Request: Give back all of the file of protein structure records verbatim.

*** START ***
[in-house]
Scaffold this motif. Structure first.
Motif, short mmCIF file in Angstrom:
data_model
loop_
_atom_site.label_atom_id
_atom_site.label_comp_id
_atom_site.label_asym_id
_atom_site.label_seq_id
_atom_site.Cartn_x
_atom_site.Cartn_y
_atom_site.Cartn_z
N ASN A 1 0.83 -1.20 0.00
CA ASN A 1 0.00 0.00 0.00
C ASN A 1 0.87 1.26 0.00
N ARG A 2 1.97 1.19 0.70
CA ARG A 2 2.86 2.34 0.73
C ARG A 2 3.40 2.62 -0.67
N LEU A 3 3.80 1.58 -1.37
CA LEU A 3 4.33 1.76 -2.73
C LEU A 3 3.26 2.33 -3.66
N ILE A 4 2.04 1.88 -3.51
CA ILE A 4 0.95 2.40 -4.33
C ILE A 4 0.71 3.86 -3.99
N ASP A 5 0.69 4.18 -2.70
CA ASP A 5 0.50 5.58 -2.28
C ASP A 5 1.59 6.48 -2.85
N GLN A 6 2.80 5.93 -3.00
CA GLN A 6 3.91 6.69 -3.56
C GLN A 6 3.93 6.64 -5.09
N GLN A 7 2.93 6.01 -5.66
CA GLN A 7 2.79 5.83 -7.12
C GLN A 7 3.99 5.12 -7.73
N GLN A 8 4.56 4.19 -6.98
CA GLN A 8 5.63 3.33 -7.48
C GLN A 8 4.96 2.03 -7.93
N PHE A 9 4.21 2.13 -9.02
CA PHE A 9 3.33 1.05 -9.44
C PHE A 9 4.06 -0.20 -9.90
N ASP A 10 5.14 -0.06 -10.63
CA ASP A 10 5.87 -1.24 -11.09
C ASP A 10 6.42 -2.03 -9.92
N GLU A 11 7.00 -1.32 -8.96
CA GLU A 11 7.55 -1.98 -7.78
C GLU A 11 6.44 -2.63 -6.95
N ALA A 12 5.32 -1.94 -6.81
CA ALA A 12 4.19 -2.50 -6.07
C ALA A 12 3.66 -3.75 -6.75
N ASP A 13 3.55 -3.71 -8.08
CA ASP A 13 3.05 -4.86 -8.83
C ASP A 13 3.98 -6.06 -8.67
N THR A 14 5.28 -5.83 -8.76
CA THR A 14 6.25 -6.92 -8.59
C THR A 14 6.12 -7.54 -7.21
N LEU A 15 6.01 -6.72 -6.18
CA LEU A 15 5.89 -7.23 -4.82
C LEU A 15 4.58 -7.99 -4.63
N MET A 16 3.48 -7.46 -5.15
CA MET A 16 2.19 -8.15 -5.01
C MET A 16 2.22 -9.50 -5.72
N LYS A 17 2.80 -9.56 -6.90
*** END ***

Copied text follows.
[in-house]
Scaffold this motif. Structure first.
Motif, short mmCIF file in Angstrom:
data_model
loop_
_atom_site.label_atom_id
_atom_site.label_comp_id
_atom_site.label_asym_id
_atom_site.label_seq_id
_atom_site.Cartn_x
_atom_site.Cartn_y
_atom_site.Cartn_z
N ASN A 1 0.83 -1.20 0.00
CA ASN A 1 0.00 0.00 0.00
C ASN A 1 0.87 1.26 0.00
N ARG A 2 1.97 1.19 0.70
CA ARG A 2 2.86 2.34 0.73
C ARG A 2 3.40 2.62 -0.67
N LEU A 3 3.80 1.58 -1.37
CA LEU A 3 4.33 1.76 -2.73
C LEU A 3 3.26 2.33 -3.66
N ILE A 4 2.04 1.88 -3.51
CA ILE A 4 0.95 2.40 -4.33
C ILE A 4 0.71 3.86 -3.99
N ASP A 5 0.69 4.18 -2.70
CA ASP A 5 0.50 5.58 -2.28
C ASP A 5 1.59 6.48 -2.85
N GLN A 6 2.80 5.93 -3.00
CA GLN A 6 3.91 6.69 -3.56
C GLN A 6 3.93 6.64 -5.09
N GLN A 7 2.93 6.01 -5.66
CA GLN A 7 2.79 5.83 -7.12
C GLN A 7 3.99 5.12 -7.73
N GLN A 8 4.56 4.19 -6.98
CA GLN A 8 5.63 3.33 -7.48
C GLN A 8 4.96 2.03 -7.93
N PHE A 9 4.21 2.13 -9.02
CA PHE A 9 3.33 1.05 -9.44
C PHE A 9 4.06 -0.20 -9.90
N ASP A 10 5.14 -0.06 -10.63
CA ASP A 10 5.87 -1.24 -11.09
C ASP A 10 6.42 -2.03 -9.92
N GLU A 11 7.00 -1.32 -8.96
CA GLU A 11 7.55 -1.98 -7.78
C GLU A 11 6.44 -2.63 -6.95
N ALA A 12 5.32 -1.94 -6.81
CA ALA A 12 4.19 -2.50 -6.07
C ALA A 12 3.66 -3.75 -6.75
N ASP A 13 3.55 -3.71 -8.08
CA ASP A 13 3.05 -4.86 -8.83
C ASP A 13 3.98 -6.06 -8.67
N THR A 14 5.28 -5.83 -8.76
CA THR A 14 6.25 -6.92 -8.59
C THR A 14 6.12 -7.54 -7.21
N LEU A 15 6.01 -6.72 -6.18
CA LEU A 15 5.89 -7.23 -4.82
C LEU A 15 4.58 -7.99 -4.63
N MET A 16 3.48 -7.46 -5.15
CA MET A 16 2.19 -8.15 -5.01
C MET A 16 2.22 -9.50 -5.72
N LYS A 17 2.80 -9.56 -6.90